Constitutional Dispute Stalls Iran President's Inauguration

From Times Wire Reports

Citing constitutional concerns, Iran's supreme leader on Saturday indefinitely postponed the swearing-in ceremony of reformist President Mohammad Khatami--a day before it was due to take place.

Khatami's presidency was renewed Thursday, when supreme leader Ayatollah Ali Khamenei confirmed him for a second, four-year term. But the postponement of his swearing-in by parliament will delay Khatami's appointment of a new Cabinet, which had been expected today.

In a statement carried by state-run media, Khamenei said a dispute between hard-liners and reformists over membership of the powerful Guardian Council was behind his decision to put off today's ceremony. The statement did not say how long the delay would be.

The reformist-packed Majlis, or parliament, had failed to approve candidates to fill all three vacant seats on the 12-member Guardian Council, an unelected body that must approve all bills before they become law.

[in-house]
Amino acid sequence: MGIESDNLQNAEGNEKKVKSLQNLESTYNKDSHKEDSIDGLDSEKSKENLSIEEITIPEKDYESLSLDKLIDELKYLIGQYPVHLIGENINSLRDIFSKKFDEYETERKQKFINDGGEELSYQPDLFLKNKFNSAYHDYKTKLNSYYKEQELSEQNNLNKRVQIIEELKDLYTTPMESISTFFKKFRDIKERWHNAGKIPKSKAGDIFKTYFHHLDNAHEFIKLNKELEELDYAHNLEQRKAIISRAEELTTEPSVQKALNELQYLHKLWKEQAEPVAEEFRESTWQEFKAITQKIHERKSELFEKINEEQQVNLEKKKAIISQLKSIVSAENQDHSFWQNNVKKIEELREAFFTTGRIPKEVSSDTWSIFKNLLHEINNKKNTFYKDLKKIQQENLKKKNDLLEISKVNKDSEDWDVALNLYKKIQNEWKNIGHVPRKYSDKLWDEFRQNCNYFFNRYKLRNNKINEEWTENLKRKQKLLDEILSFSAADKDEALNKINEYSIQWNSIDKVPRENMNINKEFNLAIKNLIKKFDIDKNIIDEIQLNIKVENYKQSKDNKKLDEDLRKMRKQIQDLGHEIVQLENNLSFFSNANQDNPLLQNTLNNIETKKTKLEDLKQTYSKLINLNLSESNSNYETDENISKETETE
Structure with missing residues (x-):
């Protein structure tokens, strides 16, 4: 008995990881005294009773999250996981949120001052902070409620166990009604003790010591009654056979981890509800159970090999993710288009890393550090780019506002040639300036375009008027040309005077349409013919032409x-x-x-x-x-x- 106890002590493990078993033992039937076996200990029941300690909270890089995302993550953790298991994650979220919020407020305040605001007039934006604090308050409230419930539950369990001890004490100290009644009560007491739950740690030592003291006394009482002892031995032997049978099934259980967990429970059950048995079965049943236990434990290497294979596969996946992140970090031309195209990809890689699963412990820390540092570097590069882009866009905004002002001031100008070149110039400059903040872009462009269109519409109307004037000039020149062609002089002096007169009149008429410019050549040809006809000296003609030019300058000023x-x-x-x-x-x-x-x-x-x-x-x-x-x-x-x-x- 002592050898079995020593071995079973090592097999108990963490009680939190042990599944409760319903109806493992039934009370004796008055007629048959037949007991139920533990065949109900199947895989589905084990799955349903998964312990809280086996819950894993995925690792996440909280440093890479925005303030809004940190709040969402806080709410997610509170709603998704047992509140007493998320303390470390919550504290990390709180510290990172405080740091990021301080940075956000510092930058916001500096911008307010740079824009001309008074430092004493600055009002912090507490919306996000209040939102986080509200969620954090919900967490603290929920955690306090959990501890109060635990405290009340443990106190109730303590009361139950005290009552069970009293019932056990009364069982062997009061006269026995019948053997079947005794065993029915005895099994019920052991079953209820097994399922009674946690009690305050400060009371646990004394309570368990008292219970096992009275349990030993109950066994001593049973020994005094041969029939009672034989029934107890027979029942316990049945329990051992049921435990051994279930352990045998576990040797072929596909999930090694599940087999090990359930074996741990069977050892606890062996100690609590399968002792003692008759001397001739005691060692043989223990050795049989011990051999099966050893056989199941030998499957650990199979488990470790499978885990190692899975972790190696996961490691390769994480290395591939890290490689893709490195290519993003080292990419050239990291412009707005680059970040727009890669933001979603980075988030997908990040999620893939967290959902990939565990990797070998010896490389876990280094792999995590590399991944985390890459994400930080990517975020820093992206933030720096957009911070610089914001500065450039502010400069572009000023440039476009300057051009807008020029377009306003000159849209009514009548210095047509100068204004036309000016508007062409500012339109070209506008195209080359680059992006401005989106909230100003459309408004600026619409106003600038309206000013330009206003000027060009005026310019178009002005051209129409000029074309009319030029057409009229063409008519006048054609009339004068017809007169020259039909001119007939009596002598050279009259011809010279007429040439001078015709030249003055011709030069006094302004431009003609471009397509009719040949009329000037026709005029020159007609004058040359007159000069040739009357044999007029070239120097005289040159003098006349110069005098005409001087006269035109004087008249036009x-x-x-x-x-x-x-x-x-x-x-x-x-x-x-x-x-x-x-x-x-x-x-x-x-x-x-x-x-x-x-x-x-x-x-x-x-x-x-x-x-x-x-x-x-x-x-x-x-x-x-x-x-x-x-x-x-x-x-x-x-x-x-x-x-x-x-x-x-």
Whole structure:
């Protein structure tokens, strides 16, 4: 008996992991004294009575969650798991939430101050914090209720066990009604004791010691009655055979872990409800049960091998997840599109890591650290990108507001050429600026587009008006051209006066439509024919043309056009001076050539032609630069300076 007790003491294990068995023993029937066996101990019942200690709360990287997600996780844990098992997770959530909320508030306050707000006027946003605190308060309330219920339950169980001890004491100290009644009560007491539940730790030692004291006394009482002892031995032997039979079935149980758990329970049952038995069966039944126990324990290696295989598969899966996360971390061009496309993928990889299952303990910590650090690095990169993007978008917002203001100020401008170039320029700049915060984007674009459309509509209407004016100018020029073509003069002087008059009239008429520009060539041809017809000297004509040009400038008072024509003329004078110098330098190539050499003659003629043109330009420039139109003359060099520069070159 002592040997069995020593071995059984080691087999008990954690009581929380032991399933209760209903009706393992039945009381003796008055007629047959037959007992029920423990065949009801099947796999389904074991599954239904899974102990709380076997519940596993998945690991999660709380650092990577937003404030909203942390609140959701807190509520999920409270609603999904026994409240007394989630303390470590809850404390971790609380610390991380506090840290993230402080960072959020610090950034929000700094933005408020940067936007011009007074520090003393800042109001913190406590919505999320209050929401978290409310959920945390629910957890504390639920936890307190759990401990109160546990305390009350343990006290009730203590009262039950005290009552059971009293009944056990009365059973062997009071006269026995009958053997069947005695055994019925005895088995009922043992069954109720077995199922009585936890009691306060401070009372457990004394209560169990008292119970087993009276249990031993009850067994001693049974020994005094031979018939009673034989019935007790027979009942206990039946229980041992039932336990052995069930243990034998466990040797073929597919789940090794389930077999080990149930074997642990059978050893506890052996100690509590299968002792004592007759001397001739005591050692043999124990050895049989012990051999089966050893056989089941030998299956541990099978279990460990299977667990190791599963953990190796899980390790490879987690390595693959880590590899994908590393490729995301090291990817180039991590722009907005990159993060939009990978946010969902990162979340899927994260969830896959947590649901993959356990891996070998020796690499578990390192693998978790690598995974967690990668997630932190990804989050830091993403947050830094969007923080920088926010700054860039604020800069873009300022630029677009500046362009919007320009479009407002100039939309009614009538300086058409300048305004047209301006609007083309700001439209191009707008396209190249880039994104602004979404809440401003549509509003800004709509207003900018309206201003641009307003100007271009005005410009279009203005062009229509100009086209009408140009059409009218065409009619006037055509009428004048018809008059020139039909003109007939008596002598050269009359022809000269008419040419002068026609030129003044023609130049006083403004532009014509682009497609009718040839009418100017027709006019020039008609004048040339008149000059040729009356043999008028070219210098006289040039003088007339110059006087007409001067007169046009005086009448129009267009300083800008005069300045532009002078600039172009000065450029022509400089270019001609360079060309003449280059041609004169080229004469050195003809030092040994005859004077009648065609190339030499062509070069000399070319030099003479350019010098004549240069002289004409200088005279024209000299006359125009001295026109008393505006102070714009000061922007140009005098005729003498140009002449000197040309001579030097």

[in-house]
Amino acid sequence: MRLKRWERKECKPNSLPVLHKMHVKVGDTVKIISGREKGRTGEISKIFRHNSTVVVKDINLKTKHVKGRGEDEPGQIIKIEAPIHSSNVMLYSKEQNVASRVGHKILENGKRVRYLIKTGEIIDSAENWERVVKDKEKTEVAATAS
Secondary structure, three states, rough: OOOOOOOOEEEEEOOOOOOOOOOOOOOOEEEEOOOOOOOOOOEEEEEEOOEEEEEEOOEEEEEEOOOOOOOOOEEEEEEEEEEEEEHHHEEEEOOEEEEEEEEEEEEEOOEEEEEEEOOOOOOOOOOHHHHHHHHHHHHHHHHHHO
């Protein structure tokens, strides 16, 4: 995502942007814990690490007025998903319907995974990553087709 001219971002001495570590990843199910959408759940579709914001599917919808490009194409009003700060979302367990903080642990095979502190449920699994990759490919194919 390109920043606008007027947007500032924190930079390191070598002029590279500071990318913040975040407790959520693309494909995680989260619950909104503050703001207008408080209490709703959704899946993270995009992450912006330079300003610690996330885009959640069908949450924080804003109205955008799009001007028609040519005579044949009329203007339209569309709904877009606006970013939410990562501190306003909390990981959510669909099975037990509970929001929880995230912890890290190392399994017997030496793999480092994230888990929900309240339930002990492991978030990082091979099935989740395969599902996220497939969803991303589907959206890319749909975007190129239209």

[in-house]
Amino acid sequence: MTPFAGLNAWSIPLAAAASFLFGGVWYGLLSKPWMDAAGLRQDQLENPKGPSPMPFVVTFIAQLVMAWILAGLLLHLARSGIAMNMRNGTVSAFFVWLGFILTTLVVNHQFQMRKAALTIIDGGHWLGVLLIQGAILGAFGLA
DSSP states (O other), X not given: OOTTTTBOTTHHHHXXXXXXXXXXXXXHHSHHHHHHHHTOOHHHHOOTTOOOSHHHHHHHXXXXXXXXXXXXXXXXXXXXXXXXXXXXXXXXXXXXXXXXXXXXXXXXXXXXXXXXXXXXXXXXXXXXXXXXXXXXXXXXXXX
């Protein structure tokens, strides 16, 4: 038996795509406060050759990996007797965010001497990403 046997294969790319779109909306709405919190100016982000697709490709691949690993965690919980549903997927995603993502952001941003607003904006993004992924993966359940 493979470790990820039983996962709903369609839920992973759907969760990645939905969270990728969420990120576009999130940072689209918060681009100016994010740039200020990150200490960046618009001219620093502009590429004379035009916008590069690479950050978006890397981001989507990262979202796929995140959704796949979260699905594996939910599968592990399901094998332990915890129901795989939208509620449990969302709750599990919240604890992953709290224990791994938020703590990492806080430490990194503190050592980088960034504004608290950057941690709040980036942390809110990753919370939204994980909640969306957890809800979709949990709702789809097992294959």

Under Iran's Constitution, the swearing-in ceremony should take place in the presence of council members. However, the constitution does not say whether all members should be present.

Earlier Saturday, parliament chose only one of six candidates nominated by Ayatollah Mahmoud Hashemi Shahroudi, the judiciary chief, for the three vacant council seats.

The rest were rejected for being politically biased or legally inexperienced.

In a last-minute move, Shahroudi presented two new names, but both were again rejected in an extraordinary session of parliament Saturday evening.

Conservatives, bitterly opposed to Khatami's liberal reforms, have argued that all Guardian Council members must be present at the inauguration of a president.

Reformers see that argument as a tactic to pressure parliament to endorse the nominees, all of whom are seen as conservatives.

The reformist parliament has been dealt setbacks by the conservative Guardian Council, which has vetoed the assembly's more progressive rulings, and the lawmakers see the elections as an opportunity to regain influence.

Reformists in government have been struggling with hard-liners, who hold immense power through unelected institutions such as the council, the police, military, judiciary and state-run media.

Khatami is Iran's fifth president in the eight elections held since the 1979 revolution. As was the case in his first presidential election in 1997, Khatami was reelected June 8 in a landslide.

Khatami has promised to use his popular mandate to press on with efforts to establish a freer, more open Iran.

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